Punctuating the adventuring were the duels and melee battles. Most boss fights occurred as one-on-one duels between Robin Hood and the story's key villains, who were all trained swordsmen. These were rather shallow affairs, using a side view to show the characters jumping, ducking, and rolling clumsily around the stage. Because none of the characters were capable of striking at anything below shoulder level, nearly all fights, including the final sword fight against the Sheriff of Nottingham, could be won by luring the opponent to higher ground, then slashing their legs from below without fear of reprisal.


More notable were my favorite segments in the game, the melee battles, where the game shifted to a bird's-eye view, while Robin and his band took on waves of enemy forces coming from all directions. These brief affairs were no more sophisticated than the duels, with simple controls and enemies that died in a single hit. The satisfaction derived from the godlike ease with which the player could mow down dozens of foes at a time, while accompanied by some intense music. It prefigured the one-against-hundreds action of Dynasty Warriors and its ilk. These battles were also the only times where Robin's AI-controlled allies would take an active part in the gameplay.


Finally, there were a few horseback stages, where the player had to ride toward the right at high speed, jumping over obstacles to avoid instant death. The player character would be positioned uncomfortably close to the right edge of the screen, leaving little time to spot the hazards before jumping, but they always arrived in a repeating pattern. While these were some of the title's more thrilling moments, the game offered no instructions for this mode, and it was not immediately obvious that the player had to manually press right on the directional pad. The first riding stage didn't offer much time to grasp these mechanics before Robin's pursuers caught up with him and dumped him to the ground dead.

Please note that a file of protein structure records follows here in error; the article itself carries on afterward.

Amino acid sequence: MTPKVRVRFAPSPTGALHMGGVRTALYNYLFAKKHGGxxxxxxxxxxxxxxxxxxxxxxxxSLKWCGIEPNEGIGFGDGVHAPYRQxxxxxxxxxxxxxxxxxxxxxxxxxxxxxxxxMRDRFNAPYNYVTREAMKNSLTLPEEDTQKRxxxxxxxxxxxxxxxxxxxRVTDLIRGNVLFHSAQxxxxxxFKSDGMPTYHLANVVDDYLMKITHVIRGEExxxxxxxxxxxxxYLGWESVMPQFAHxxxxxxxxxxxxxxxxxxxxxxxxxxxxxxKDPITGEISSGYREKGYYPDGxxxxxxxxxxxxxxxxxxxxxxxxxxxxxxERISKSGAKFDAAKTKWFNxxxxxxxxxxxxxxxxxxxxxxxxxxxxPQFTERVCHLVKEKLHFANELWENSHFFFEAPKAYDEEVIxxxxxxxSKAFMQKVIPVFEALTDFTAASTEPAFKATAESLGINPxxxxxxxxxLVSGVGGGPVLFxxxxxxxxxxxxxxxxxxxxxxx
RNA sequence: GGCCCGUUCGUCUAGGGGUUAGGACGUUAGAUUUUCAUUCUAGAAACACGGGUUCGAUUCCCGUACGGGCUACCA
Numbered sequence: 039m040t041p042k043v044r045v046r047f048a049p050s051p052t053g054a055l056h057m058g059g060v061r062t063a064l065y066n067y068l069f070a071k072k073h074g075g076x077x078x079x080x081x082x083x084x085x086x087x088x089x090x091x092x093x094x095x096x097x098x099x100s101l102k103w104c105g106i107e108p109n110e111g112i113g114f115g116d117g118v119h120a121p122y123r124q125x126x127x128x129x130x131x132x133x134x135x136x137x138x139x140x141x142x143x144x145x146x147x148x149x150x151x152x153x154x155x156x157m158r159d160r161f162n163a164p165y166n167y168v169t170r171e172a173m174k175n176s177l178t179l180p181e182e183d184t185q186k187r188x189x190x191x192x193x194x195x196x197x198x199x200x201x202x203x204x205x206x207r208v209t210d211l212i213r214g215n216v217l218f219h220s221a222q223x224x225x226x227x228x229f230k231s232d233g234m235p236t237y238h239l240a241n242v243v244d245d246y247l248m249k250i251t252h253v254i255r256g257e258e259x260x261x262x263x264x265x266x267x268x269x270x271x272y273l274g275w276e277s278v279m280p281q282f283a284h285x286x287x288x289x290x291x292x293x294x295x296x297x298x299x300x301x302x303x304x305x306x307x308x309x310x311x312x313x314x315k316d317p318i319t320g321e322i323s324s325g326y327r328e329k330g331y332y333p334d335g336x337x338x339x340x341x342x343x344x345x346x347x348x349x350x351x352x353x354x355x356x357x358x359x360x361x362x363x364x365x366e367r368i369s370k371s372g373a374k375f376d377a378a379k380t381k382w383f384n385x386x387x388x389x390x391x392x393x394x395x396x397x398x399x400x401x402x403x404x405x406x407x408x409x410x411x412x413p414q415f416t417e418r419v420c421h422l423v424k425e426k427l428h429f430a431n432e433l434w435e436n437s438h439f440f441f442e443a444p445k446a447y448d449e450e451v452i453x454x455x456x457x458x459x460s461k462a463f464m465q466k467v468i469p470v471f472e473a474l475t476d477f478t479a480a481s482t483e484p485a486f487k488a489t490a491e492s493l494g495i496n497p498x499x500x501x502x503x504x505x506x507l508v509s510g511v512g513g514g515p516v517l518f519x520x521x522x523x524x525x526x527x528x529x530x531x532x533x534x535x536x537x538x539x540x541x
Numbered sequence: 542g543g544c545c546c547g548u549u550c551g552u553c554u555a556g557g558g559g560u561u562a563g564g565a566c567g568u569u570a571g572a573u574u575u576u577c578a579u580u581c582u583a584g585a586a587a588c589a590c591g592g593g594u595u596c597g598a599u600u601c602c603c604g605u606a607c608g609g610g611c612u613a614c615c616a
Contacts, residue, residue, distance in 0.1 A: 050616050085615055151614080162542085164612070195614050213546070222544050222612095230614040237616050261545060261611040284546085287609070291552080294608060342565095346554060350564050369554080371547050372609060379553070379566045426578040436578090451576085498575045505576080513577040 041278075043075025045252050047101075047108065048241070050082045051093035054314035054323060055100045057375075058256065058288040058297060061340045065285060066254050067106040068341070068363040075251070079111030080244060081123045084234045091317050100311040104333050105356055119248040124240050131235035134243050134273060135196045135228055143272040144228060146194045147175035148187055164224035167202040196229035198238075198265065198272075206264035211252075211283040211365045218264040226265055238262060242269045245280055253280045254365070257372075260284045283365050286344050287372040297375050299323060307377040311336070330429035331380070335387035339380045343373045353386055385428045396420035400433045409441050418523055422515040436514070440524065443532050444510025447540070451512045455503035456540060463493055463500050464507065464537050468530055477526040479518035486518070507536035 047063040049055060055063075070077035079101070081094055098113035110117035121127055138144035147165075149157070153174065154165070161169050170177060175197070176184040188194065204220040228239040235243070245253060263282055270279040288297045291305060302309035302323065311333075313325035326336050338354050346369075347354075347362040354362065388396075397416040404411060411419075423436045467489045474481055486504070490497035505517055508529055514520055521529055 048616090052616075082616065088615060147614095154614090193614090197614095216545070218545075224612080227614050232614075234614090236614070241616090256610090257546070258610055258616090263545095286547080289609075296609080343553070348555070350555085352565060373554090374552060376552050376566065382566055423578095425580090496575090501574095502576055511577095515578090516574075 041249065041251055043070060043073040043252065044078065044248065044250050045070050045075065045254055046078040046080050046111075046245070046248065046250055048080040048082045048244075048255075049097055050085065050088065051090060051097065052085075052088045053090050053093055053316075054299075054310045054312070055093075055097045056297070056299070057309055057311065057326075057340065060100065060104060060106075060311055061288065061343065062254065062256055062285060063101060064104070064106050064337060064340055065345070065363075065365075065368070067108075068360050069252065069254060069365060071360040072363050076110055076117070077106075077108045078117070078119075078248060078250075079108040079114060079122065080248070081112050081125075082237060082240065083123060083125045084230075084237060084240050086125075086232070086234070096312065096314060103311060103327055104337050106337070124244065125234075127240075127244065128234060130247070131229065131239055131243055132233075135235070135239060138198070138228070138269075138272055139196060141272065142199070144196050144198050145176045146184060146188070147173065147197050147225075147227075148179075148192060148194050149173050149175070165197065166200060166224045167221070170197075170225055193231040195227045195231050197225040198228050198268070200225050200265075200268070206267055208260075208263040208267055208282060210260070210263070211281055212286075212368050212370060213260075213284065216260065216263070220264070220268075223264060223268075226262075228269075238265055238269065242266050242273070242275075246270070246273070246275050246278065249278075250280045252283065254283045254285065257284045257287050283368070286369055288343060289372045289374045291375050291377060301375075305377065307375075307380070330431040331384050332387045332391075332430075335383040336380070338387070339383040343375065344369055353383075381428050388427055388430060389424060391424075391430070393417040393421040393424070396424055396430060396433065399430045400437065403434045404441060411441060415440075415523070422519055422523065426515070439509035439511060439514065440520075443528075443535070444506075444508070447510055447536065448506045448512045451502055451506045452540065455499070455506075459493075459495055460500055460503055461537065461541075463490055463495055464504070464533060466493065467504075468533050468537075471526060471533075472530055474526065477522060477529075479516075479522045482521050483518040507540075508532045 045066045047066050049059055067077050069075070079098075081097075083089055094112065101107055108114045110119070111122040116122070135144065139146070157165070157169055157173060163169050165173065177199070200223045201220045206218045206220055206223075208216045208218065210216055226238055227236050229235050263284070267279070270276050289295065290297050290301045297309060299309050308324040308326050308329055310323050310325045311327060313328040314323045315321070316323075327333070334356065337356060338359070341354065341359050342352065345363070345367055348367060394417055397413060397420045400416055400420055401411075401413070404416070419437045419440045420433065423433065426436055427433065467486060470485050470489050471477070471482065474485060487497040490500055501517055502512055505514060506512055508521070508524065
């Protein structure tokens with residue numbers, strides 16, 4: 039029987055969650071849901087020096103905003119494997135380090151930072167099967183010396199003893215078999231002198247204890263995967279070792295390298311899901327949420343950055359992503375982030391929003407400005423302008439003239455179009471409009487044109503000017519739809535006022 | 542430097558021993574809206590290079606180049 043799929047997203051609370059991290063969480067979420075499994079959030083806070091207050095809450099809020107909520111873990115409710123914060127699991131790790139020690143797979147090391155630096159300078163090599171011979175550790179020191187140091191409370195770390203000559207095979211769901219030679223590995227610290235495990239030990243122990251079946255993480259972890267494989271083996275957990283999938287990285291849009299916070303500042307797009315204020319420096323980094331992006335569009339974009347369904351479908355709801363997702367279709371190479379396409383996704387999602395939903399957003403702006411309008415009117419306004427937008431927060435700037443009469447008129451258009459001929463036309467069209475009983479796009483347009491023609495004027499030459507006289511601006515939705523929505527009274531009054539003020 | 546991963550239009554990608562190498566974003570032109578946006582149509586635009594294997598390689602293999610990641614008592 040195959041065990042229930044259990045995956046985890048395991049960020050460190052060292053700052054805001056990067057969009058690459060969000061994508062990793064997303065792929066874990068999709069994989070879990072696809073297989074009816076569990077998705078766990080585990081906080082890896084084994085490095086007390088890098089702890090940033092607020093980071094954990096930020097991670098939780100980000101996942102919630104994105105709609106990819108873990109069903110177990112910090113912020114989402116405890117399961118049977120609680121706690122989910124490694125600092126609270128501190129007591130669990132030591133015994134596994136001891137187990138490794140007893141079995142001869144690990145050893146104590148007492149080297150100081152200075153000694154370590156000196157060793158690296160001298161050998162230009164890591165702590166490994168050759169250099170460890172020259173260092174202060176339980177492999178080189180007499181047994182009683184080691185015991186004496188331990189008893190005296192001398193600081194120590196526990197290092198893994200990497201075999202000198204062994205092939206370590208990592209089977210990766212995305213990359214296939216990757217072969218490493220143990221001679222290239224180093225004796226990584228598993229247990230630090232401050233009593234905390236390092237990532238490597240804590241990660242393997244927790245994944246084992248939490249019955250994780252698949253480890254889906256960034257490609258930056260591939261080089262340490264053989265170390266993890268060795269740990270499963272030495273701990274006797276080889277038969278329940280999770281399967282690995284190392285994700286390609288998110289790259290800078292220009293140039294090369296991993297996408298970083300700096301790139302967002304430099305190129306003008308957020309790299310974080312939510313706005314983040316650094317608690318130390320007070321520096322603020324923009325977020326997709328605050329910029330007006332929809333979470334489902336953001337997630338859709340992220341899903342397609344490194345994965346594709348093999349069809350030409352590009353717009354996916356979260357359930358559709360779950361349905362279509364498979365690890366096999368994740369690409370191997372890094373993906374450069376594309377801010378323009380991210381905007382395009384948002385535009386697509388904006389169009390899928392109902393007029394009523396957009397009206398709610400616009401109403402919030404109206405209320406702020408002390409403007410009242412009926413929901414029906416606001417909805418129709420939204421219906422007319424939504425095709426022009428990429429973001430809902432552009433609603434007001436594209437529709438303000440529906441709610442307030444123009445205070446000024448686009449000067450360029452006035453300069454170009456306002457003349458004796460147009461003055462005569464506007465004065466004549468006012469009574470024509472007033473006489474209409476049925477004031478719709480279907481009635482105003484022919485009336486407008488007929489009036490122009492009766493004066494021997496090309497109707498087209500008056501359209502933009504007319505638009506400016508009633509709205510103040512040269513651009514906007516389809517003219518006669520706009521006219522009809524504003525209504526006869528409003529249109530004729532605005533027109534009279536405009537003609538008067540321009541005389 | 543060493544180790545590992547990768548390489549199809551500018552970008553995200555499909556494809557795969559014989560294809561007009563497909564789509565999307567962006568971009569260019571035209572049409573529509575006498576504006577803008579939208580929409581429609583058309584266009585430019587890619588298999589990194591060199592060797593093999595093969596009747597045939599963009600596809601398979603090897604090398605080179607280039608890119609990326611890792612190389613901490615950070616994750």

Speaking of instructions, I remember the game's manual listing peculiar items such as the "Claymore" and "Locksley Shield," which I had never come across in multiple playthroughs. In fact, the game contained no shields whatsoever. As a child, however, I was naively inclined to believe that a game's included instructions contained accurate information, so, for years, I wondered where these items could possibly be hidden, to the point where I even had a dream that I found the Claymore. At the time, however, I didn't know what a claymore actually was, so, in my dream, it took the form of a hardened turd that could be frisbeed at enemies. Lest you think me completely insane, I should point out that the dream was probably partly inspired by a classroom conversation, where one girl claimed to have used cowpies as discuses back on her farm. In any case, this game may have been one reason why I no longer bother to read instructions.